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Getting Back Up on the Horse…Literally

Getting Back Up on the Horse…Literally

By Paige Crotty, VI Form

For years I have been traveling the same roads, going to the same place. I have the IMG_3078twists and turns of the route memorized in my muscles. However, I never tire of the feeling when I hop out of my car–the combination of hay and horses filling my nose as I look out to the barn. I walk through the aisle of the barn and make my way to the back door where I can see my horses. They nicker at me affectionately, reminding me why I love my horses and riding; I put so much commitment into the sport, even if it means sacrificing time with my friends. Horseback riding is comprised of both accomplishments and disappointments, but over the last eight years, I have learned those failures serve as the best life teachers.

The type of horseback riding I do is called Three Day Eventing.  There are three phases in Eventing: dressage, cross-country, and show jumping. Dressage is the first phase in any show you go to.  In dressage you have to perform a test, which has different movements that you are judged on.web_aVF3P2029

The next phase is cross-country, where you are galloping through fields and woods and jumping solid immovable jumps (stone walls, logs, water, banks, ditches). The point of cross-country is to jump all the jumps the first time and make the optimum time, which is usually five-to-six minutes.


Last is show jumping. Show jumping is in an enclosed arena where the main objective is to jump all the jumps without knocking down any of the rails and not exceeding the time limit.


In Eventing, there are six different levels: the lowest being Beginner Novice, then Novice, Training, Preliminary, Intermediate, and Advanced.  As you move up the levels, the dressage tests get harder with more movements, the jumps get higher, and the technicality of the courses also gets more difficult. Eventing is considered the triathlon of horseback riding because it requires the horses and riders to be in terrific physical shape and be brave and trusting of each other.

This past summer presented a new height in what riding could teach me when I got selected to compete in the Eventing Junior Olympics for riders under twenty one. Ever since I started Eventing five years ago, the Junior Olympics has been my goal. I spent almost every day of the last few years working as hard as I could to prepare for this show.

On the day of the event, I invited my family, friends, and trainer to come watch meIMG_3096 ride in Kentucky. I was thrilled and beyond grateful to have my loved ones there and supporting me in the biggest competition of my life. It was a competition that in many ways was made possible because of their encouragement over the years, and I wanted them to be with me to share this accomplishment.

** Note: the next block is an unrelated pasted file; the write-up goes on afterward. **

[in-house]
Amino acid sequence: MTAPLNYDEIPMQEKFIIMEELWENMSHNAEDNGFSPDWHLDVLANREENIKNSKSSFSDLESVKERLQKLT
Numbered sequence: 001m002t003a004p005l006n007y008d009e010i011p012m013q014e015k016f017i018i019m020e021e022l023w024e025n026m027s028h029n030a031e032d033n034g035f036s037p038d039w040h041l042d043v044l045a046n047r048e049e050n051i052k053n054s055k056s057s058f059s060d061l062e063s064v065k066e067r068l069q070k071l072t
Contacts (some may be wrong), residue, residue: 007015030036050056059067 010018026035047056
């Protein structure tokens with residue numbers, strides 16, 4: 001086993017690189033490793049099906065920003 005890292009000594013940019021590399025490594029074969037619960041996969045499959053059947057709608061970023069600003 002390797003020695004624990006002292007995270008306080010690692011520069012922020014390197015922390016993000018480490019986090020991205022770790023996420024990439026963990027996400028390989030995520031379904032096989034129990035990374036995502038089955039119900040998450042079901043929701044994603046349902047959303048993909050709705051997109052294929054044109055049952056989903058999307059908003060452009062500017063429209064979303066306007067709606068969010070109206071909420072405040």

The Saturday of the show was much like any typical Saturday at a horse show. Waking up at the break of dawn to prepare my horse and get myself focused. I remember everything so clearly while on course until I reached the fifth jump of the cross-country phase where my horse and I both fell. I hit my head, leaving me with no recollection of the moment. I ended up with multiple injuries and was deeply disappointed and embarrassed.

Looking back on the fall, I started to consider it one of my life’s great failures. Then I remembered what horses have always been about for me: the journey of learning and improving myself and doing something that I love. As my injuries healed, I knew I needed to get back on the horse. As cheesy and corny as that sounds, it’s the honest truth. Falling off a horse is never an easy thing and as a rider I am my own harshest critic. I need to learn from my mistakes and failures and move on so I can give my horses the best rides! Yes, the fall itself felt like a huge failure. However, I realized what was going to be important was overcoming my mistake. In riding, there is always the chance of falling; it’s the nature of the sport. The essential thing, however, is having the confidence and character to learn from the mistake and move forward. Just because I fell, I was not going to throw away all that I have worked for. Once I recovered from all of the injuries, I was back to riding.  I was determined to not let this fall define me. I worked hard to win back the trust of my horse and regain my confidence. At the next show, I led from start to finish against a pool of almost sixty competitors.

The lessons learned through horseback riding carry over to my everyday life as a student and person. Horseback riding has shaped who I am. It’s taught me not only to be a hard worker but also to be dedicated to overcoming challenges in and outside the classroom. This failure in particular has taught me to not be afraid to attack my goals and be resilient. Even if I fail, I will keep at my goals, and if I struggle I will keep pushing through them until I find success.

Paige Crotty is a VI Form day student from Southborough, MA. She plays squash and rides horses.

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